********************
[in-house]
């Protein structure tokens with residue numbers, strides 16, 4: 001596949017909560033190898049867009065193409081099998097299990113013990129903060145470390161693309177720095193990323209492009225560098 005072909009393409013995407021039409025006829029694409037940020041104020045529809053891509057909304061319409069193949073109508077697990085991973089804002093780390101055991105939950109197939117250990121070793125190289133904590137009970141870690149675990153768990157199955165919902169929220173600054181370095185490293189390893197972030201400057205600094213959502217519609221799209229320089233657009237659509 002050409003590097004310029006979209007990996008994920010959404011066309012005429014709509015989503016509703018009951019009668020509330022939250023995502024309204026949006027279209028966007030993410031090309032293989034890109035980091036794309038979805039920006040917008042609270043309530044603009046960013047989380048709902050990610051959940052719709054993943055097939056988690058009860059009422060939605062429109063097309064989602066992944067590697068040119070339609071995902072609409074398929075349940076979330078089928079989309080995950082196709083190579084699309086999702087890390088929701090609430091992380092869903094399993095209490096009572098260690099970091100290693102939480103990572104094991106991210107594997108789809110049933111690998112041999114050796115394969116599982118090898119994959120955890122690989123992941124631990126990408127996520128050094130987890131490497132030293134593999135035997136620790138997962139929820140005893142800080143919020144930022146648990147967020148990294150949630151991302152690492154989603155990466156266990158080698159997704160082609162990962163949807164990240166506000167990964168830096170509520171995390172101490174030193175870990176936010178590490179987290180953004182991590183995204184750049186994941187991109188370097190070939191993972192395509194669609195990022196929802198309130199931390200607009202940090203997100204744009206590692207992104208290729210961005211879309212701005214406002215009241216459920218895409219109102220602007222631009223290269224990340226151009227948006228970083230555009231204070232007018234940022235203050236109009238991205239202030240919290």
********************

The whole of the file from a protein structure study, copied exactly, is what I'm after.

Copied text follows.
[in-house]
């Protein structure tokens with residue numbers, strides 16, 4: 001596949017909560033190898049867009065193409081099998097299990113013990129903060145470390161693309177720095193990323209492009225560098 005072909009393409013995407021039409025006829029694409037940020041104020045529809053891509057909304061319409069193949073109508077697990085991973089804002093780390101055991105939950109197939117250990121070793125190289133904590137009970141870690149675990153768990157199955165919902169929220173600054181370095185490293189390893197972030201400057205600094213959502217519609221799209229320089233657009237659509 002050409003590097004310029006979209007990996008994920010959404011066309012005429014709509015989503016509703018009951019009668020509330022939250023995502024309204026949006027279209028966007030993410031090309032293989034890109035980091036794309038979805039920006040917008042609270043309530044603009046960013047989380048709902050990610051959940052719709054993943055097939056988690058009860059009422060939605062429109063097309064989602066992944067590697068040119070339609071995902072609409074398929075349940076979330078089928079989309080995950082196709083190579084699309086999702087890390088929701090609430091992380092869903094399993095209490096009572098260690099970091100290693102939480103990572104094991106991210107594997108789809110049933111690998112041999114050796115394969116599982118090898119994959120955890122690989123992941124631990126990408127996520128050094130987890131490497132030293134593999135035997136620790138997962139929820140005893142800080143919020144930022146648990147967020148990294150949630151991302152690492154989603155990466156266990158080698159997704160082609162990962163949807164990240166506000167990964168830096170509520171995390172101490174030193175870990176936010178590490179987290180953004182991590183995204184750049186994941187991109188370097190070939191993972192395509194669609195990022196929802198309130199931390200607009202940090203997100204744009206590692207992104208290729210961005211879309212701005214406002215009241216459920218895409219109102220602007222631009223290269224990340226151009227948006228970083230555009231204070232007018234940022235203050236109009238991205239202030240919290």